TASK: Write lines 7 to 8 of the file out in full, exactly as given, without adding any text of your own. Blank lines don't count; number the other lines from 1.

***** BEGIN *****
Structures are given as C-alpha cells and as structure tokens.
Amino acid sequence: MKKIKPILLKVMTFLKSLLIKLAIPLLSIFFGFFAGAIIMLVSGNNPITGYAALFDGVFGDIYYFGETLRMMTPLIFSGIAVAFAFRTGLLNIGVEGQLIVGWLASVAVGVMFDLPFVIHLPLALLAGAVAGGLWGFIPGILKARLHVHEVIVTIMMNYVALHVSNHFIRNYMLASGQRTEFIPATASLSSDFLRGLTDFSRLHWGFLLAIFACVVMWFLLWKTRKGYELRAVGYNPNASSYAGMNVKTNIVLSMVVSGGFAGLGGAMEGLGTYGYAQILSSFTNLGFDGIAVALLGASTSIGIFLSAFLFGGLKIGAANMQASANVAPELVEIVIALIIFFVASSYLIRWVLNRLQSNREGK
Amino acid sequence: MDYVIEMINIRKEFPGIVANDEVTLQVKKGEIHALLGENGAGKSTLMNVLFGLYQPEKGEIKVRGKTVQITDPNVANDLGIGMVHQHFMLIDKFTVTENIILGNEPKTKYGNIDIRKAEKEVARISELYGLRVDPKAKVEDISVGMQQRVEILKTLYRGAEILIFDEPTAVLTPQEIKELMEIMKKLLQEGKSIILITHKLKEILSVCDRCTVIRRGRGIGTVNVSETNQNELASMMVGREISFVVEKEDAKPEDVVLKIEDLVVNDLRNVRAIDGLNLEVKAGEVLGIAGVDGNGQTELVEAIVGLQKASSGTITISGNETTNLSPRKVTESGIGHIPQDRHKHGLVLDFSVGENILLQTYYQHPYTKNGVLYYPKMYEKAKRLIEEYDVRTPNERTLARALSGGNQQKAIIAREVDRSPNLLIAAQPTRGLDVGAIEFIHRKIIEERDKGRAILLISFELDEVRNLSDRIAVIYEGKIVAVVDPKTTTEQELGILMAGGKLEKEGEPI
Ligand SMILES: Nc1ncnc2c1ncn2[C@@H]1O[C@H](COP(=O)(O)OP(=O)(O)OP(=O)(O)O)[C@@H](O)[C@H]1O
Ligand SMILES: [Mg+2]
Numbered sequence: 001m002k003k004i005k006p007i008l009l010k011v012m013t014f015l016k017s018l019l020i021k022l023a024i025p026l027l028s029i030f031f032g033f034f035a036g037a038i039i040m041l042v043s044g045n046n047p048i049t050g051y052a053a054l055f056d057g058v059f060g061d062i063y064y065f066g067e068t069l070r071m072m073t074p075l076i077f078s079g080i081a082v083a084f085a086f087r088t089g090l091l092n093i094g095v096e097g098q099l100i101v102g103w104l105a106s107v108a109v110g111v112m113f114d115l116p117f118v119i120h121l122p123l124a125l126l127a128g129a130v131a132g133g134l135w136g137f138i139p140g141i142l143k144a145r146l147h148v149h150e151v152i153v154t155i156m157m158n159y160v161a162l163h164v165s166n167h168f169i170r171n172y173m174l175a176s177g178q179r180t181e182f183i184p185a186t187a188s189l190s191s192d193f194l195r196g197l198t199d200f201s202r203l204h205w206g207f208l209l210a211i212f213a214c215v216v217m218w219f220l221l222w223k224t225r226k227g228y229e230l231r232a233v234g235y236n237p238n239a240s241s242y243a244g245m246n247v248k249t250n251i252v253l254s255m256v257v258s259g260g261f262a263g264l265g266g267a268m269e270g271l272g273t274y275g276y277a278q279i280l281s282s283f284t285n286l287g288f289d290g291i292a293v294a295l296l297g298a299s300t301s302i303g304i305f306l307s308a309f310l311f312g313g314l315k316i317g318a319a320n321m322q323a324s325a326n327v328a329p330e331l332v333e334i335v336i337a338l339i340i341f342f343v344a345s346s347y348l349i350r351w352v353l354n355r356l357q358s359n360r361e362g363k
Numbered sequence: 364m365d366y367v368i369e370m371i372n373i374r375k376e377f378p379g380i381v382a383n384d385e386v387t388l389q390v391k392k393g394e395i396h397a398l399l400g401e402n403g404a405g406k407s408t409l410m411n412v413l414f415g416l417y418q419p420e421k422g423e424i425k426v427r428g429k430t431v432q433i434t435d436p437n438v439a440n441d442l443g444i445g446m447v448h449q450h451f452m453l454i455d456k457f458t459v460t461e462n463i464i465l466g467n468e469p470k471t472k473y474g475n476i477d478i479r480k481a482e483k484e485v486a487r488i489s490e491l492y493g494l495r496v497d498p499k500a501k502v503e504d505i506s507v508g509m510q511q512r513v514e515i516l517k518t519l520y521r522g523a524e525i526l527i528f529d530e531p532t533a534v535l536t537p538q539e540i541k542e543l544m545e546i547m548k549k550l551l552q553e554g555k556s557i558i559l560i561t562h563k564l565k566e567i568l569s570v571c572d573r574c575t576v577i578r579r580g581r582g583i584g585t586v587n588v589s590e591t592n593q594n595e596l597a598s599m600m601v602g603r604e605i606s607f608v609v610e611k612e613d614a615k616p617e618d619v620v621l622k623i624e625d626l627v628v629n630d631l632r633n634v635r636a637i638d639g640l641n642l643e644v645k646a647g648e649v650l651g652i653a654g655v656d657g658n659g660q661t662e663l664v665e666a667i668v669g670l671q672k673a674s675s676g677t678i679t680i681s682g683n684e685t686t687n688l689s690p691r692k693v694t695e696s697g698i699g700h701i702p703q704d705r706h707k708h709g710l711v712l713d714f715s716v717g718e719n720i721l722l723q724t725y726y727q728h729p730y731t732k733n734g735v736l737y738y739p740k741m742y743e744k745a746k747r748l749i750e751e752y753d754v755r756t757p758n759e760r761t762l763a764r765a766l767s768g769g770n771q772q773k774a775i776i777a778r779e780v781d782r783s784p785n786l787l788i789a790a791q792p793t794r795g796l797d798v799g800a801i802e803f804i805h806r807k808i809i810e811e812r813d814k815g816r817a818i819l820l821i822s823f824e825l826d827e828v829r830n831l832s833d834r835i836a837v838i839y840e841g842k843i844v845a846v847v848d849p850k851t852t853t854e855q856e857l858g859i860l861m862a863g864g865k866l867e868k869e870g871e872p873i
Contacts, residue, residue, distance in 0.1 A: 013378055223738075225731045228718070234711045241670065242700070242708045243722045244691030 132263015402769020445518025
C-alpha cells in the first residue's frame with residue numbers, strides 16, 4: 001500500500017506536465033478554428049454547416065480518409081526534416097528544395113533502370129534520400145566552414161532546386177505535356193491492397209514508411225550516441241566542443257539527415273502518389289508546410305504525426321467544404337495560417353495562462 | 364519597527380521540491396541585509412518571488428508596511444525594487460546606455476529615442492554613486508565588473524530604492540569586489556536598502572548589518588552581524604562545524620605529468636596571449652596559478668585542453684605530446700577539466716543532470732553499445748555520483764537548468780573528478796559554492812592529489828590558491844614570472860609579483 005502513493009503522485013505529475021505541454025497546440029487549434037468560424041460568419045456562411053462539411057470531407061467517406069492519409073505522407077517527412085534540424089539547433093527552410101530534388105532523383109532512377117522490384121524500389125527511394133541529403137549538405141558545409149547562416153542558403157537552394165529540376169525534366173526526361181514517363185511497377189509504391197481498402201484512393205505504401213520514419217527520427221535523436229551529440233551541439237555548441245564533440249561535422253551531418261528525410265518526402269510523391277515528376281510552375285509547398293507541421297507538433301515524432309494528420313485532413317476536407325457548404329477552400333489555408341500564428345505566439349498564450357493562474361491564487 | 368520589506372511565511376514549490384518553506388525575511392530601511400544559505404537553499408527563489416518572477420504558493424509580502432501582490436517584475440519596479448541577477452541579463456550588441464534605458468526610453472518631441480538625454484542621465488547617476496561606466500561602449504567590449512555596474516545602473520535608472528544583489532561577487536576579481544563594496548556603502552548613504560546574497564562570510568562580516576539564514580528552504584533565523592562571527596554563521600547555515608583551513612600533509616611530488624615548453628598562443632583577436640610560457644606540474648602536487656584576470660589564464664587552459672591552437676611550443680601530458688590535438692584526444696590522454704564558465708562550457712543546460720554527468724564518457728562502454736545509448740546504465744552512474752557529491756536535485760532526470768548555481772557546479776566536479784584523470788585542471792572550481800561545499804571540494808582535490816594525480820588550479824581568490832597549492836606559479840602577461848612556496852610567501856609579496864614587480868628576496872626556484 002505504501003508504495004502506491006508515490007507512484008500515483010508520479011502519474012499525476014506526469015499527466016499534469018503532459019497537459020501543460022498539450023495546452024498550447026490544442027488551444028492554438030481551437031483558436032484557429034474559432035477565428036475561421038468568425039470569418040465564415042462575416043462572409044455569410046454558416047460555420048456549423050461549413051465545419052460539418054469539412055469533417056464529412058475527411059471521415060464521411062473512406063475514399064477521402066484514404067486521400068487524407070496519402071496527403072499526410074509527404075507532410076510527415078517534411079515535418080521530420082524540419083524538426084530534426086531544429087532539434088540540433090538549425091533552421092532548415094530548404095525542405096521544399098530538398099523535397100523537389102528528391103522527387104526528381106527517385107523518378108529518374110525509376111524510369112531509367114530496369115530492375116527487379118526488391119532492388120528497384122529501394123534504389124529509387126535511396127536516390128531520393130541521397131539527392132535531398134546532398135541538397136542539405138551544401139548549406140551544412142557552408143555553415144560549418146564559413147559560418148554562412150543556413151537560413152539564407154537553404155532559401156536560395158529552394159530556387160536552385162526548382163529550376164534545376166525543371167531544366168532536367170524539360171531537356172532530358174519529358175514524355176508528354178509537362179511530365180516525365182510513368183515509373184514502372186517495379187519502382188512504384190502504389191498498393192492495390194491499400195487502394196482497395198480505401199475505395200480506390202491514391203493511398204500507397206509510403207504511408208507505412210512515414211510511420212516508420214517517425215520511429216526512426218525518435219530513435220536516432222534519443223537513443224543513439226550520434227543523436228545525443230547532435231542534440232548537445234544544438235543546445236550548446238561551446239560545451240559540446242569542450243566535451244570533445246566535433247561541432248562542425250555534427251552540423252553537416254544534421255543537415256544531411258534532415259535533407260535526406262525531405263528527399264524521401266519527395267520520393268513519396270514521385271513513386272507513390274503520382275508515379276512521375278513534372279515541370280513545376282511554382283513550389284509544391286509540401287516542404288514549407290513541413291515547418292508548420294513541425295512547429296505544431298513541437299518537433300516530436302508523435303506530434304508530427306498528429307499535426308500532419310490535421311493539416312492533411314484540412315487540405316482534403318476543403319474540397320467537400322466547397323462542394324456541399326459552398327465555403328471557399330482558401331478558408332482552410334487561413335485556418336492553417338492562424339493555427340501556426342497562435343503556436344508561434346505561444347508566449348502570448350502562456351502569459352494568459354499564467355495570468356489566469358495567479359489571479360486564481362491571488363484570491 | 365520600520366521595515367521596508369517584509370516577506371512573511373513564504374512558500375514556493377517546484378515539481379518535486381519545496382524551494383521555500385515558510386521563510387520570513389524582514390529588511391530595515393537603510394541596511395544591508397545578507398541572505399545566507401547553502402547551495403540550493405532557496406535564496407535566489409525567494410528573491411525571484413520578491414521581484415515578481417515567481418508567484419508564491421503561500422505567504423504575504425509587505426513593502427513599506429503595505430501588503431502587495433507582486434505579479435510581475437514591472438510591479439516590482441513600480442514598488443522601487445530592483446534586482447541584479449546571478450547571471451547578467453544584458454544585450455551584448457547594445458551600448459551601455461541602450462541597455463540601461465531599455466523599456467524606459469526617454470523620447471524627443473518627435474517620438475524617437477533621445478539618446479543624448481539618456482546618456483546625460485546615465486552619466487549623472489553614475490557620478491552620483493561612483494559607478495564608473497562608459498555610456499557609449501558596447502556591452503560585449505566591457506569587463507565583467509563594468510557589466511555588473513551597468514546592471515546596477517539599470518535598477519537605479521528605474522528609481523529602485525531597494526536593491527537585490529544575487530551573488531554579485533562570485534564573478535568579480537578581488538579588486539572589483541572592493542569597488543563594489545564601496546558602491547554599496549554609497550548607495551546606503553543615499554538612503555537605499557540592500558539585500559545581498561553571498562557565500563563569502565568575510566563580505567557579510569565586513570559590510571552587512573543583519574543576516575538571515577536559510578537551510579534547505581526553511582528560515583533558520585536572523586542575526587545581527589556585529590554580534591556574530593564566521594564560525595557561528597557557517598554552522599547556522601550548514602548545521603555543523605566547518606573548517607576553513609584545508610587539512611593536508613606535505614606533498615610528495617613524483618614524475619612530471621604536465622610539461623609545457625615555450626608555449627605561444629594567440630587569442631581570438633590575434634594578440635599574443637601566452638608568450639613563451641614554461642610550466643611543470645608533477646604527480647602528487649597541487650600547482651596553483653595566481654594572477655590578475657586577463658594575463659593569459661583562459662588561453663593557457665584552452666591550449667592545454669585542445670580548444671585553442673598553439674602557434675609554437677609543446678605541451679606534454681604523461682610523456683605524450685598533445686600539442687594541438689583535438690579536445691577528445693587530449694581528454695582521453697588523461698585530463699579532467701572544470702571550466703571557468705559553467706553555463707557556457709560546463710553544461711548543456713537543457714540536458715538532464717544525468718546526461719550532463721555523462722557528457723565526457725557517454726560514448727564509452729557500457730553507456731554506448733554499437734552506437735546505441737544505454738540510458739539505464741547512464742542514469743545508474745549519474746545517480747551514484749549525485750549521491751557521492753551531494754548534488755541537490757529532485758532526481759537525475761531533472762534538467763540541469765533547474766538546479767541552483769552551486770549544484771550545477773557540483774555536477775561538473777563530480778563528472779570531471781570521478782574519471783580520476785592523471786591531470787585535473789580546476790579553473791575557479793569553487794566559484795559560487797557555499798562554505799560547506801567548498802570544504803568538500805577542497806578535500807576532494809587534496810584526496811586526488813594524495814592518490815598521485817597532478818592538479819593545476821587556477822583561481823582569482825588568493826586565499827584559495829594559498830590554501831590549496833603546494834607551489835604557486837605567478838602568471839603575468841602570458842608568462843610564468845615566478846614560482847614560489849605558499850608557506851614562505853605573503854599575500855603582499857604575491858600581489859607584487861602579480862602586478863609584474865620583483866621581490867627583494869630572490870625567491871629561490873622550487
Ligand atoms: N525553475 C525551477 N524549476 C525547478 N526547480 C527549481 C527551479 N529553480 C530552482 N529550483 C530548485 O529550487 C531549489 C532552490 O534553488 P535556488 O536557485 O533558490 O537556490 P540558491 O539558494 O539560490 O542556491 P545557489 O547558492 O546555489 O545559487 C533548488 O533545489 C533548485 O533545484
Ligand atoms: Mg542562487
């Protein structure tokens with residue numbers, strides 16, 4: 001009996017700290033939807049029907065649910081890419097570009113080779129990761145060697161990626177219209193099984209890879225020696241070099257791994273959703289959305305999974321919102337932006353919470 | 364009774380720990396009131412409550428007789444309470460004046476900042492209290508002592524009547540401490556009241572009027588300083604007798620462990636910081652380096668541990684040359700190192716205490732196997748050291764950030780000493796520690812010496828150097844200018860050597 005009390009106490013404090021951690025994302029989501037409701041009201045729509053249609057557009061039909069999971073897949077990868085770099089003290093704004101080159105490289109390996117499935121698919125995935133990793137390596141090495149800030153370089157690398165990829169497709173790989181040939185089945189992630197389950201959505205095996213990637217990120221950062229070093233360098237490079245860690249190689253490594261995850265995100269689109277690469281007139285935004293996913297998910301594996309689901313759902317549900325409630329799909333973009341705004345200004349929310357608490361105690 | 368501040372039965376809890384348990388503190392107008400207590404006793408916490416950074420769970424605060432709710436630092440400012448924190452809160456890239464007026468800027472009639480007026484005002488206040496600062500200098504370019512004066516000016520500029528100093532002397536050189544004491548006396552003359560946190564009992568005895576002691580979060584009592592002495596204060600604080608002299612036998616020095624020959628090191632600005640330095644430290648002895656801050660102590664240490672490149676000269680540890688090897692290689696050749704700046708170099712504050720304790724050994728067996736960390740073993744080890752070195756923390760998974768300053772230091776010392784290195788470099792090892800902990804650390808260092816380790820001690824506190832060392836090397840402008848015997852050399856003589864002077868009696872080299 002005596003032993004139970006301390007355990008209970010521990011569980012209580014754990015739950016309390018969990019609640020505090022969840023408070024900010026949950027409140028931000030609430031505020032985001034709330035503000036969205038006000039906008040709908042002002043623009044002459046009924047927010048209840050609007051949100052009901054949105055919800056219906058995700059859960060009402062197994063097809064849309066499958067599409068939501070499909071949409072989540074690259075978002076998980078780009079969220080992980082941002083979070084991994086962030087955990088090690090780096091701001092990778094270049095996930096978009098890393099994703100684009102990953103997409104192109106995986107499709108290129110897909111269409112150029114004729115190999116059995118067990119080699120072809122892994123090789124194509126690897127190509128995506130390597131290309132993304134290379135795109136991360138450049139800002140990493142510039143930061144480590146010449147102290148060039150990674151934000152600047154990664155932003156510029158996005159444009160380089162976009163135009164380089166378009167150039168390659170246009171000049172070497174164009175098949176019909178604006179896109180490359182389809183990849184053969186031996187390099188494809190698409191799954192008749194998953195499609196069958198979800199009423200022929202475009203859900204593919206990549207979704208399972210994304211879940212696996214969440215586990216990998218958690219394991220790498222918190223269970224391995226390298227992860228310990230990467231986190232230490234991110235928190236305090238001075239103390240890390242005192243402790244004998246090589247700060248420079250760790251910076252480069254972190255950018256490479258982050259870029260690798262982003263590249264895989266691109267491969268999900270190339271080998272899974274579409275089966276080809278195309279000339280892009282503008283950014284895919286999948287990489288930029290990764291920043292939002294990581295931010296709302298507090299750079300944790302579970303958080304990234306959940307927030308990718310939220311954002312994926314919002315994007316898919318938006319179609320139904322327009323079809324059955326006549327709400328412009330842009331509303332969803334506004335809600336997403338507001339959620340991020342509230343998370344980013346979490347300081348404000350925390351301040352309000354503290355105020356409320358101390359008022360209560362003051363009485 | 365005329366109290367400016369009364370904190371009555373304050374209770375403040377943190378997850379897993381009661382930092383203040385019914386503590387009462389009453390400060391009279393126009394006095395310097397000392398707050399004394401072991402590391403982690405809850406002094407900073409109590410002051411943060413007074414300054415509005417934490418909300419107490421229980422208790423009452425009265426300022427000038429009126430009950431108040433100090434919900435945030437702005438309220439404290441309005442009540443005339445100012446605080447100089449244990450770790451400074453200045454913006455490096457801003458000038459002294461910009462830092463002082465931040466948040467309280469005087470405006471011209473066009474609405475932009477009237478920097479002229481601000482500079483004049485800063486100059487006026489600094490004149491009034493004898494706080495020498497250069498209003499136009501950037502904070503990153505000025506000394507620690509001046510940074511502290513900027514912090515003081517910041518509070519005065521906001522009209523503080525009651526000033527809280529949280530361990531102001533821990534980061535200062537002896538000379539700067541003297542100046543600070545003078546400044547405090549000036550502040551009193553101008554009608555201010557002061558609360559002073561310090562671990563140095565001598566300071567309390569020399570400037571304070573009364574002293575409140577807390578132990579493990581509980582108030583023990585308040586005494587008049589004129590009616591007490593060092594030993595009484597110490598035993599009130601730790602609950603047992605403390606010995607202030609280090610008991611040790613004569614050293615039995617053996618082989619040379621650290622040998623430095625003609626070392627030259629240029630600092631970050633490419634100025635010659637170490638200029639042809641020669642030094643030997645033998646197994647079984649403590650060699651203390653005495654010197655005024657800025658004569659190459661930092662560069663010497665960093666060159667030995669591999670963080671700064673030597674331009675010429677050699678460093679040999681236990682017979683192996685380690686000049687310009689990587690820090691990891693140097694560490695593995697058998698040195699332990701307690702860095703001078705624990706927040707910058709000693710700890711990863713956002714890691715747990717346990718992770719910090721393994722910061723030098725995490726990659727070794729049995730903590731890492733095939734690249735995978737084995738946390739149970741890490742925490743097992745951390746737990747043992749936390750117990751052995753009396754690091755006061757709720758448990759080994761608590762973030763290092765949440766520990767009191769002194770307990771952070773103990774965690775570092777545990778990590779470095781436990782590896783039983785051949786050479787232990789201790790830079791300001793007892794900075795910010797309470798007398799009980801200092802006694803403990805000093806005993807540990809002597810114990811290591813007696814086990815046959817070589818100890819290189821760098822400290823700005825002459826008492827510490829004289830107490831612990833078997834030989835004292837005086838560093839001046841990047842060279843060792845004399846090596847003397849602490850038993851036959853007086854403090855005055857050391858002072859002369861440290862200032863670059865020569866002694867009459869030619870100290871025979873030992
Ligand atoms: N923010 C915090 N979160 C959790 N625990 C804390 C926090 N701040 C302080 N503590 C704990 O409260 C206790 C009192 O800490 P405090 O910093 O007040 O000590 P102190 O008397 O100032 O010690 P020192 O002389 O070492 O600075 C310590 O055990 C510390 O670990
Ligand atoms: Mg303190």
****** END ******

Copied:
Numbered sequence: 364m365d366y367v368i369e370m371i372n373i374r375k376e377f378p379g380i381v382a383n384d385e386v387t388l389q390v391k392k393g394e395i396h397a398l399l400g401e402n403g404a405g406k407s408t409l410m411n412v413l414f415g416l417y418q419p420e421k422g423e424i425k426v427r428g429k430t431v432q433i434t435d436p437n438v439a440n441d442l443g444i445g446m447v448h449q450h451f452m453l454i455d456k457f458t459v460t461e462n463i464i465l466g467n468e469p470k471t472k473y474g475n476i477d478i479r480k481a482e483k484e485v486a487r488i489s490e491l492y493g494l495r496v497d498p499k500a501k502v503e504d505i506s507v508g509m510q511q512r513v514e515i516l517k518t519l520y521r522g523a524e525i526l527i528f529d530e531p532t533a534v535l536t537p538q539e540i541k542e543l544m545e546i547m548k549k550l551l552q553e554g555k556s557i558i559l560i561t562h563k564l565k566e567i568l569s570v571c572d573r574c575t576v577i578r579r580g581r582g583i584g585t586v587n588v589s590e591t592n593q594n595e596l597a598s599m600m601v602g603r604e605i606s607f608v609v610e611k612e613d614a615k616p617e618d619v620v621l622k623i624e625d626l627v628v629n630d631l632r633n634v635r636a637i638d639g640l641n642l643e644v645k646a647g648e649v650l651g652i653a654g655v656d657g658n659g660q661t662e663l664v665e666a667i668v669g670l671q672k673a674s675s676g677t678i679t680i681s682g683n684e685t686t687n688l689s690p691r692k693v694t695e696s697g698i699g700h701i702p703q704d705r706h707k708h709g710l711v712l713d714f715s716v717g718e719n720i721l722l723q724t725y726y727q728h729p730y731t732k733n734g735v736l737y738y739p740k741m742y743e744k745a746k747r748l749i750e751e752y753d754v755r756t757p758n759e760r761t762l763a764r765a766l767s768g769g770n771q772q773k774a775i776i777a778r779e780v781d782r783s784p785n786l787l788i789a790a791q792p793t794r795g796l797d798v799g800a801i802e803f804i805h806r807k808i809i810e811e812r813d814k815g816r817a818i819l820l821i822s823f824e825l826d827e828v829r830n831l832s833d834r835i836a837v838i839y840e841g842k843i844v845a846v847v848d849p850k851t852t853t854e855q856e857l858g859i860l861m862a863g864g865k866l867e868k869e870g871e872p873i
Contacts, residue, residue, distance in 0.1 A: 013378055223738075225731045228718070234711045241670065242700070242708045243722045244691030 132263015402769020445518025